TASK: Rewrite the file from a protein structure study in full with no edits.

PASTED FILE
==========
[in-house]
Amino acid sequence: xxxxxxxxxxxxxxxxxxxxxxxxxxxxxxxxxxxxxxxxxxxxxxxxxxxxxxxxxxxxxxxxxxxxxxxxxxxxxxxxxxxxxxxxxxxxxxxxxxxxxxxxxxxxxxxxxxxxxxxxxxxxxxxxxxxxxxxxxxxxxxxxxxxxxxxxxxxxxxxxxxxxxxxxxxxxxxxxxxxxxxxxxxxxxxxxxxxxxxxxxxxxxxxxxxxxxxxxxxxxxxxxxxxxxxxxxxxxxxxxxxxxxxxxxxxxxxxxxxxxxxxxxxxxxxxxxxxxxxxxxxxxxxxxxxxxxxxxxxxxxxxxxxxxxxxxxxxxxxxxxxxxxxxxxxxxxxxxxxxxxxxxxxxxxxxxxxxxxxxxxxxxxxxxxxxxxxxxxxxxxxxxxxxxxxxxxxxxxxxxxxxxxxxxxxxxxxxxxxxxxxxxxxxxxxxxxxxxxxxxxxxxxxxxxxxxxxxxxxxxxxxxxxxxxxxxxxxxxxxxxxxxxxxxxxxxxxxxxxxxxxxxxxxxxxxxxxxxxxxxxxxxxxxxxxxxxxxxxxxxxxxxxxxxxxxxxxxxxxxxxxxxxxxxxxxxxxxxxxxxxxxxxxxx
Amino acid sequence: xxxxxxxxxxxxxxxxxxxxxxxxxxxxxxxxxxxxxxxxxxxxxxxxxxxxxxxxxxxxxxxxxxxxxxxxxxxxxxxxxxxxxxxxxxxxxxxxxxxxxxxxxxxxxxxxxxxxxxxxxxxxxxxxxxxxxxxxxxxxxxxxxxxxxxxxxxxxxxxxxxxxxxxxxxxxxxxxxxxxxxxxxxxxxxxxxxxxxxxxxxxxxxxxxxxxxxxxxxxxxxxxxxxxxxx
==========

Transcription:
[in-house]
Amino acid sequence: xxxxxxxxxxxxxxxxxxxxxxxxxxxxxxxxxxxxxxxxxxxxxxxxxxxxxxxxxxxxxxxxxxxxxxxxxxxxxxxxxxxxxxxxxxxxxxxxxxxxxxxxxxxxxxxxxxxxxxxxxxxxxxxxxxxxxxxxxxxxxxxxxxxxxxxxxxxxxxxxxxxxxxxxxxxxxxxxxxxxxxxxxxxxxxxxxxxxxxxxxxxxxxxxxxxxxxxxxxxxxxxxxxxxxxxxxxxxxxxxxxxxxxxxxxxxxxxxxxxxxxxxxxxxxxxxxxxxxxxxxxxxxxxxxxxxxxxxxxxxxxxxxxxxxxxxxxxxxxxxxxxxxxxxxxxxxxxxxxxxxxxxxxxxxxxxxxxxxxxxxxxxxxxxxxxxxxxxxxxxxxxxxxxxxxxxxxxxxxxxxxxxxxxxxxxxxxxxxxxxxxxxxxxxxxxxxxxxxxxxxxxxxxxxxxxxxxxxxxxxxxxxxxxxxxxxxxxxxxxxxxxxxxxxxxxxxxxxxxxxxxxxxxxxxxxxxxxxxxxxxxxxxxxxxxxxxxxxxxxxxxxxxxxxxxxxxxxxxxxxxxxxxxxxxxxxxxxxxxxxxxxxxxxx
Amino acid sequence: xxxxxxxxxxxxxxxxxxxxxxxxxxxxxxxxxxxxxxxxxxxxxxxxxxxxxxxxxxxxxxxxxxxxxxxxxxxxxxxxxxxxxxxxxxxxxxxxxxxxxxxxxxxxxxxxxxxxxxxxxxxxxxxxxxxxxxxxxxxxxxxxxxxxxxxxxxxxxxxxxxxxxxxxxxxxxxxxxxxxxxxxxxxxxxxxxxxxxxxxxxxxxxxxxxxxxxxxxxxxxxxxxxxxxxx